But sometimes this advantage seems to be precluded or diminished by a doubt as to the general design of the whole parable. This doubt may extend to the very doctrine taught, or be restricted to its application. The truth embodied in some parables is plain, but it may be questioned whether it is predicted of the Jews or the disciples, or some other class exclusively, or meant to be applied to men in general. In other cases, both the doctrine and the application may be clear; but there is something obscure in the mode of illustration, an apparent incongruity between the substance and the shadow. This appearance often springs from a misapprehension of the image or its use, and then occurs one of those instances of self-interpretation which have already been mentioned. As soon as the true principle is once applied, the incongruity is gone. This proves the principle itself to be correct, and furnishes, or may furnish, valuable aid in solving other cases.

To this last class belongs the parable from which the text is taken. There is no indistinctness in the images themselves, nor any doubt as to what they were designed to represent. The widow and the judge stand out before the mind's eye as fully and clearly as the forms of flesh and blood which we remember seeing yesterday or expect to see to-morrow. The widow's wrong, the judge's wickedness, his equal scorn of God and man, the prayer, the refusal, the re

turn, the ceaseless importunity, the selfish tyrant's reasoning with himself—all this is like an object of sense. We do not merely read—we see, we hear, we feel it as a real, present living spectacle.

The moral, too, is not left to be guessed at or inferred; it is explicitly propounded. This parable was uttered for a certain end, to teach a certain lesson, to produce a determinate effect; and that was, that they who heard it should pray always and not faint, not give up, or desert their post—the Greek word having properly a military sense and application. As to the length which we may go in applying it, the only question that has ever been raised is, whether it had a special reference to the prayers of Christ's disciples after he should leave them, till he came again for the destruction of their nation. But even if it had been so intended, it is one of those cases where the lesson taught to one class is evidently universal in its nature and the purpose of the teacher.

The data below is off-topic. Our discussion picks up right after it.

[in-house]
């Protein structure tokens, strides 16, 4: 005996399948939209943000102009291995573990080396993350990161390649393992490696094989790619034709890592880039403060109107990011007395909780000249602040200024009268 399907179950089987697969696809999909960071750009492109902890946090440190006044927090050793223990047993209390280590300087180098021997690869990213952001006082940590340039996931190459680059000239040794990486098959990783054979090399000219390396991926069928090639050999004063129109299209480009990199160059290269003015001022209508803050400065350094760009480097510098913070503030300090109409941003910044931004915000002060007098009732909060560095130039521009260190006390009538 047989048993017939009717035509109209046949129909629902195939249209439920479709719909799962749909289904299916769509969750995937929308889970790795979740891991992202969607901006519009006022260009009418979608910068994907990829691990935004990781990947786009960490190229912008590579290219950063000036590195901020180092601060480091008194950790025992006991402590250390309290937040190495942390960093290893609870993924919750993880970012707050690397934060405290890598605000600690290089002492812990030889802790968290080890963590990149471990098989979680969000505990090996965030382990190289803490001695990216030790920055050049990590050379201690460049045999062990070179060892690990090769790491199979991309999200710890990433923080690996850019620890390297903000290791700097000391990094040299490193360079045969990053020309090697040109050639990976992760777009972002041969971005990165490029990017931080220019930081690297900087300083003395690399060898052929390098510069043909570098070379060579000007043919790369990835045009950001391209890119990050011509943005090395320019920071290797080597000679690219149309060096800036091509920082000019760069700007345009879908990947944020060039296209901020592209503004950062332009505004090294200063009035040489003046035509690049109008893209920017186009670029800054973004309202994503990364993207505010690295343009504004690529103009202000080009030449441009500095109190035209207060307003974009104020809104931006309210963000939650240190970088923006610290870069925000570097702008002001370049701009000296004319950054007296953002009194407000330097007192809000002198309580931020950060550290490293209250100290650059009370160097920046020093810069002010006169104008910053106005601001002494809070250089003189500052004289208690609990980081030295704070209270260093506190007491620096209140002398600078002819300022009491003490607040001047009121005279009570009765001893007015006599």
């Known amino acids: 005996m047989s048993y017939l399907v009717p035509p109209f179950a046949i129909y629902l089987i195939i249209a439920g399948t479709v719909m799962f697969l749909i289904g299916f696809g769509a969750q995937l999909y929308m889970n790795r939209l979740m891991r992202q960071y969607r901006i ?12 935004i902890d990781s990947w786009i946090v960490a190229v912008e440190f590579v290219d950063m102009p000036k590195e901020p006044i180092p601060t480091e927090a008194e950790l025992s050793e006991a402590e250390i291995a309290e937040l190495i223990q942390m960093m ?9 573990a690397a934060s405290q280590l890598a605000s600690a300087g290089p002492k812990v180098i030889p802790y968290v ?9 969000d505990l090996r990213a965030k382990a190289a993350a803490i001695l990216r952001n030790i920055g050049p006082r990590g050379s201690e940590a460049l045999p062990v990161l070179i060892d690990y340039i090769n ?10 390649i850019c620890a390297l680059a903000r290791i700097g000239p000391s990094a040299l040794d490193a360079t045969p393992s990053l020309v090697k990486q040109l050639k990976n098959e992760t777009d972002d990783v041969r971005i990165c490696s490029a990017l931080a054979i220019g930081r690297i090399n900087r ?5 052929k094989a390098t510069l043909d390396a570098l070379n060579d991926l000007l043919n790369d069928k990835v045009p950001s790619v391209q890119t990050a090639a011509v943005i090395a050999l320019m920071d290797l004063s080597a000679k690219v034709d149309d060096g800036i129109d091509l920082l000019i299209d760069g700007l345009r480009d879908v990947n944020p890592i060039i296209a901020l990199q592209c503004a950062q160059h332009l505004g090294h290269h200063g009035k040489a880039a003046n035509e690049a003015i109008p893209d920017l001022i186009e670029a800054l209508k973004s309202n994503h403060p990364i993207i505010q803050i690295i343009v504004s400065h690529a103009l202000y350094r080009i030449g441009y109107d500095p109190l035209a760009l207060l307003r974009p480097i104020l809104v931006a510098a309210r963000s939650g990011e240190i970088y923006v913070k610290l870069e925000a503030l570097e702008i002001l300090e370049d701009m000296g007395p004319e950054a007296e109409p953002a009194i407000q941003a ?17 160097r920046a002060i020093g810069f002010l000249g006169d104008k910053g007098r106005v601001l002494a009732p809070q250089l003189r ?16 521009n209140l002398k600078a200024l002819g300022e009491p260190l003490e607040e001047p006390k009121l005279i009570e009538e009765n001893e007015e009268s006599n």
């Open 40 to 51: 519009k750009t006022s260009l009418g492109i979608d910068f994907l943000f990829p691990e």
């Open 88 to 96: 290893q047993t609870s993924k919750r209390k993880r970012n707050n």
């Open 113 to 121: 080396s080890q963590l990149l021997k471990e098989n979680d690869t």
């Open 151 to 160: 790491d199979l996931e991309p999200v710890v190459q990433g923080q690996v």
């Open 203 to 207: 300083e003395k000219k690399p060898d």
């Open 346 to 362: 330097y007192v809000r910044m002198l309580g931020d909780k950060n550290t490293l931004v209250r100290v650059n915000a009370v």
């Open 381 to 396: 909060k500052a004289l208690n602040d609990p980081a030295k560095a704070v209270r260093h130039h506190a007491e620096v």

This is the more certain here because the terms used are so comprehensive, and without any qualifying adjunct. "He spake a parable unto them to this end, that it is right or binding to pray always." If, then, there is any obscurity or doubt, it is neither in the images presented, nor in the doctrine taught, nor, to any practical effect, in its application. But it lies in an apparent incongruity between the illustration and the thing which it illustrates. This may be rendered palpable by placing type and antitype over against each other. That the elect of God should be represented by the wronged and helpless widow, agrees well with the fact and with the usage of the Scriptures. But the prayers which these are bound to offer without ceasing, must be prayers to God; and, therefore, he would seem to be the object corresponding to the judge of the parable.